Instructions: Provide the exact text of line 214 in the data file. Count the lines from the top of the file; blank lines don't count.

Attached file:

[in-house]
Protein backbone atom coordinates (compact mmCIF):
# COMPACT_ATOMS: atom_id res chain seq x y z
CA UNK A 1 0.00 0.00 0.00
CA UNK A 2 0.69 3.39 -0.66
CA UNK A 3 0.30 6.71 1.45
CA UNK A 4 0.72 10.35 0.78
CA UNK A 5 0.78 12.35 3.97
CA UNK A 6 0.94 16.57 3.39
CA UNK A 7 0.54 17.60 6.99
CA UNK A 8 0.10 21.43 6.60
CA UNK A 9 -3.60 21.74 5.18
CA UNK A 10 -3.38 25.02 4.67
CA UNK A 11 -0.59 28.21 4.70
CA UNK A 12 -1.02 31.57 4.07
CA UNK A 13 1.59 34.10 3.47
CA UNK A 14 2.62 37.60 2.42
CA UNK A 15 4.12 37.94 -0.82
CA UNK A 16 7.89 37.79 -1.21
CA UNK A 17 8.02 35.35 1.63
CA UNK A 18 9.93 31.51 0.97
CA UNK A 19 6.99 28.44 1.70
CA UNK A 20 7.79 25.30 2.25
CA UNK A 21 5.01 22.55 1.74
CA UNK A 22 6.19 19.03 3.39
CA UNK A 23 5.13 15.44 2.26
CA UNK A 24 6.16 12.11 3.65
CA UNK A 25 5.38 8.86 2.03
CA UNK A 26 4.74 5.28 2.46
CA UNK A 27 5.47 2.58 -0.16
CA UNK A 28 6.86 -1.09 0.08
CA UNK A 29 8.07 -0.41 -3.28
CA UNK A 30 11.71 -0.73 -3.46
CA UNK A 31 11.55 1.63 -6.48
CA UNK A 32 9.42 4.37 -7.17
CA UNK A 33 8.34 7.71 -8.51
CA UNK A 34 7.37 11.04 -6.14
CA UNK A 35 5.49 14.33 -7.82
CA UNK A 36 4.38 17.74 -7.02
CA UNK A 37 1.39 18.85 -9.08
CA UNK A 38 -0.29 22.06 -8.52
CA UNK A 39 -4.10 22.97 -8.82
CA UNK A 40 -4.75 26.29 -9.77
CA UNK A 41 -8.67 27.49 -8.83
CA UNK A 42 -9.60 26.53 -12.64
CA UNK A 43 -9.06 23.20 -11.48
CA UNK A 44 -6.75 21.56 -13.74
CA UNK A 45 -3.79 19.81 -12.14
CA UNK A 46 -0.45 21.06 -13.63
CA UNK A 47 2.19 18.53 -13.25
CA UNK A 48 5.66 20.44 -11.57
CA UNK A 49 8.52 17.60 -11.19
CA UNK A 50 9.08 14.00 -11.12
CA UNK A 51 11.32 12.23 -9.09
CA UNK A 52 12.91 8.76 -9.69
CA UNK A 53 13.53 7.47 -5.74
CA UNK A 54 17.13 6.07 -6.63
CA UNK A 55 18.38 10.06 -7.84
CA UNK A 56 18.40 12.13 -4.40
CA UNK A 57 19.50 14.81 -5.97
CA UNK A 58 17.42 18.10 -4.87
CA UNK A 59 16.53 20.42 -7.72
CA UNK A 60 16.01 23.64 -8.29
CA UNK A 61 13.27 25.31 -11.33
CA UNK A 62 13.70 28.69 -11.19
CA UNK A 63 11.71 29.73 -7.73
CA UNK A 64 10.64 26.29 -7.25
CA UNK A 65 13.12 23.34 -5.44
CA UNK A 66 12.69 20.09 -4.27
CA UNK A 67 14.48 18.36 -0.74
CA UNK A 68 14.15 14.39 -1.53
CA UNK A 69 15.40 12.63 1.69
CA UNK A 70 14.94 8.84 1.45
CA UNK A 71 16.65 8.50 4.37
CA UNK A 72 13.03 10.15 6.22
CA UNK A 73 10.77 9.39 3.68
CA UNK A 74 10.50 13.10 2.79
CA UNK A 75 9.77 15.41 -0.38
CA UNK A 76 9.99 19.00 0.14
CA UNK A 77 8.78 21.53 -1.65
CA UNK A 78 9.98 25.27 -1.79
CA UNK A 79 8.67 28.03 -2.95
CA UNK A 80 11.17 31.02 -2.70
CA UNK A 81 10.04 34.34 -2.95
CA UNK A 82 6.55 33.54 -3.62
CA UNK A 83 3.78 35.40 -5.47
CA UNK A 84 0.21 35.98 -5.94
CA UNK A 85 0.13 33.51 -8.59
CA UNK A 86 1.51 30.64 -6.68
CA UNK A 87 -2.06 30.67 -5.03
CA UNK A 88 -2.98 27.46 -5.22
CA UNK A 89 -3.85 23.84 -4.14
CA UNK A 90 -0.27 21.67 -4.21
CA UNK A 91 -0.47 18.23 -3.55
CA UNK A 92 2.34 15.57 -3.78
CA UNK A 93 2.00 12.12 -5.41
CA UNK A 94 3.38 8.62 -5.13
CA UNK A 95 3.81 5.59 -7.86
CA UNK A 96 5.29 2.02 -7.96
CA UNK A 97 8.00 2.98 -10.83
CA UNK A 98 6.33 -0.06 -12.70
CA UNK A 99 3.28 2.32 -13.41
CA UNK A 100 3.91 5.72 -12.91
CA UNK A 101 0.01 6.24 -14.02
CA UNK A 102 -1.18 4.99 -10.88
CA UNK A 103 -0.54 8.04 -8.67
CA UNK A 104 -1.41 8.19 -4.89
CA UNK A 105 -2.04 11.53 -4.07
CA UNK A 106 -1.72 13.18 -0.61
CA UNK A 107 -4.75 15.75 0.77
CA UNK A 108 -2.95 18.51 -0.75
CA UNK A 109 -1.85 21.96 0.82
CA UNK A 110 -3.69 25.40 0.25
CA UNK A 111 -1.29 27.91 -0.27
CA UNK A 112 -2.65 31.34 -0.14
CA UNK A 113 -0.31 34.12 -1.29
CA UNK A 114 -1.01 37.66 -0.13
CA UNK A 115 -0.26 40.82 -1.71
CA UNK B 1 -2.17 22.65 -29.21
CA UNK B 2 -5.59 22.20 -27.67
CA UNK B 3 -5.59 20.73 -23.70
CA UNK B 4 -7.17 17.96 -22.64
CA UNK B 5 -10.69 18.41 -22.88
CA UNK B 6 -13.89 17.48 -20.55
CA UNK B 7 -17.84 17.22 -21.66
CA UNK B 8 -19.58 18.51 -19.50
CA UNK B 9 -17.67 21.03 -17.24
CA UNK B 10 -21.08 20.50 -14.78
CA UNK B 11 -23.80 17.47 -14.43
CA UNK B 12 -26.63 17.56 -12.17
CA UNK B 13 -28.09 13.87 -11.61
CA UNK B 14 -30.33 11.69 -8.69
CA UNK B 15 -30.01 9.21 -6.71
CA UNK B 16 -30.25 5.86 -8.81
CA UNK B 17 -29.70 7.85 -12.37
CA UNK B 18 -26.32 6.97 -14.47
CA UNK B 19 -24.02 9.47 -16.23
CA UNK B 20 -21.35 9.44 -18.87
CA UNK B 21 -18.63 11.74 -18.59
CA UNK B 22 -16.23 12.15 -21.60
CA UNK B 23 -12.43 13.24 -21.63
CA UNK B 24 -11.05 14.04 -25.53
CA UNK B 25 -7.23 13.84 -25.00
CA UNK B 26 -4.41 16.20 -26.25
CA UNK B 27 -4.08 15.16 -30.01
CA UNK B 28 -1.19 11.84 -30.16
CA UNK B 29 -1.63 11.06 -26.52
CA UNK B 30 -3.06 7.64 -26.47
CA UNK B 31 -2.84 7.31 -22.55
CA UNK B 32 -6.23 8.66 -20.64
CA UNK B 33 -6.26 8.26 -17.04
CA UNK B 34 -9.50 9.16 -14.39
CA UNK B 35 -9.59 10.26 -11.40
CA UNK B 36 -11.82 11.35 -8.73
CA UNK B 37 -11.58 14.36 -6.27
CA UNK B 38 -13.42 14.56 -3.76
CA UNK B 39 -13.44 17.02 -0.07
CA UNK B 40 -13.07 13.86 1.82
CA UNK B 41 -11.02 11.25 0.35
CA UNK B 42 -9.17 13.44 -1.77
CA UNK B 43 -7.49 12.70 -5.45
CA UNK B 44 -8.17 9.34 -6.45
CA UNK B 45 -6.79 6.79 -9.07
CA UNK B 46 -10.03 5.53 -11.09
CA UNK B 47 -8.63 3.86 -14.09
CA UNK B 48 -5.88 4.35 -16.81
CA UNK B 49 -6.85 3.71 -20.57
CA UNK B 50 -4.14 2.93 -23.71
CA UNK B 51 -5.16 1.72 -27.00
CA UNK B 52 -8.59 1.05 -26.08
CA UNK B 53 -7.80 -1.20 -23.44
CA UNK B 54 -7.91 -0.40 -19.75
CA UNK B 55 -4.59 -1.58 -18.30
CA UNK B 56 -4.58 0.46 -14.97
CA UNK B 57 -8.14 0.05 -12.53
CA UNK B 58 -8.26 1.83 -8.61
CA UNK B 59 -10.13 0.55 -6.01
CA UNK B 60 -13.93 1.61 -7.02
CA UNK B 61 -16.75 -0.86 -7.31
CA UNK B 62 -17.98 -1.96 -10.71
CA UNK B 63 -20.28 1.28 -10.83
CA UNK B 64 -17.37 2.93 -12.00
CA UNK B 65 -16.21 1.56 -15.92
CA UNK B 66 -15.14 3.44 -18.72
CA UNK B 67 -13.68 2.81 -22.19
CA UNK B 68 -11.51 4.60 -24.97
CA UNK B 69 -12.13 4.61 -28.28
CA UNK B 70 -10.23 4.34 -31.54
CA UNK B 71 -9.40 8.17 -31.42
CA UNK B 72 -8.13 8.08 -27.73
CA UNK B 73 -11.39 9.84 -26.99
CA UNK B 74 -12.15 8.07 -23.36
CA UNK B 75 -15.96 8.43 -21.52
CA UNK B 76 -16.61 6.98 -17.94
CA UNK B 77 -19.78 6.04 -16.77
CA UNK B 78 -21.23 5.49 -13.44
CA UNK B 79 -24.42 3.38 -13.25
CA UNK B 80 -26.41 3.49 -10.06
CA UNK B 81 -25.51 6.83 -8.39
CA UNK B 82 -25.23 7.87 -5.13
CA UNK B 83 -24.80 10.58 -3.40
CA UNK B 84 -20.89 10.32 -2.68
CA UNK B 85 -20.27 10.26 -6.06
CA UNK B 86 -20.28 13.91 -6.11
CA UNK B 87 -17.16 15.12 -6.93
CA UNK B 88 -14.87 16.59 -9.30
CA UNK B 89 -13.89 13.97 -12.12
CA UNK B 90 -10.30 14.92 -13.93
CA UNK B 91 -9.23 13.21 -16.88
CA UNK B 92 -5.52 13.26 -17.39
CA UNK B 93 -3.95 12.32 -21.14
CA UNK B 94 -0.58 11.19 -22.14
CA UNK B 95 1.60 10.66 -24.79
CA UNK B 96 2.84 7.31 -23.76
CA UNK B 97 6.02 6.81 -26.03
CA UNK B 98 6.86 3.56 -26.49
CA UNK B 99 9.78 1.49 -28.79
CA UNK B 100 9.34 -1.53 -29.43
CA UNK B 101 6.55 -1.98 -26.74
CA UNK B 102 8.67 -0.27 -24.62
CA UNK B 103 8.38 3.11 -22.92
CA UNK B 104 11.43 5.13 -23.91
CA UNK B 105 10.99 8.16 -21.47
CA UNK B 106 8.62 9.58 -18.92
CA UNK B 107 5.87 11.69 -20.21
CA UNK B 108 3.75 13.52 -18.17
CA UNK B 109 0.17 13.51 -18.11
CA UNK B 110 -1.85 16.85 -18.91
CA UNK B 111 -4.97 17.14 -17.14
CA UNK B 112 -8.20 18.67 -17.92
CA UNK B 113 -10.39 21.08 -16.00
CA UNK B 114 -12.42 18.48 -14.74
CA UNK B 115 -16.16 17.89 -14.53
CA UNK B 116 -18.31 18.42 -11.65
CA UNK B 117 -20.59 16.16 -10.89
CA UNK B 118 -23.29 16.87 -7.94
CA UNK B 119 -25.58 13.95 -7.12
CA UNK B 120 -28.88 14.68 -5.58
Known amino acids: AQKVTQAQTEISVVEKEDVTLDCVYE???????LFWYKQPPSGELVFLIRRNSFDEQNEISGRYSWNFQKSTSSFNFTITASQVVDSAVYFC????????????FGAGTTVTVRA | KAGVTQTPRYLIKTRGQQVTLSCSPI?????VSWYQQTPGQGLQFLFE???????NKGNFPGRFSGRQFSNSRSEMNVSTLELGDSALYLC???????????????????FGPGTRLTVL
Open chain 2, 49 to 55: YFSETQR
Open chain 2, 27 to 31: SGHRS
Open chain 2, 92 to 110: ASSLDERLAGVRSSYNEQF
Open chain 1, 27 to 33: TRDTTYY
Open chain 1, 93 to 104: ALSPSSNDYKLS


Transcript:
CA UNK B 96 2.84 7.31 -23.76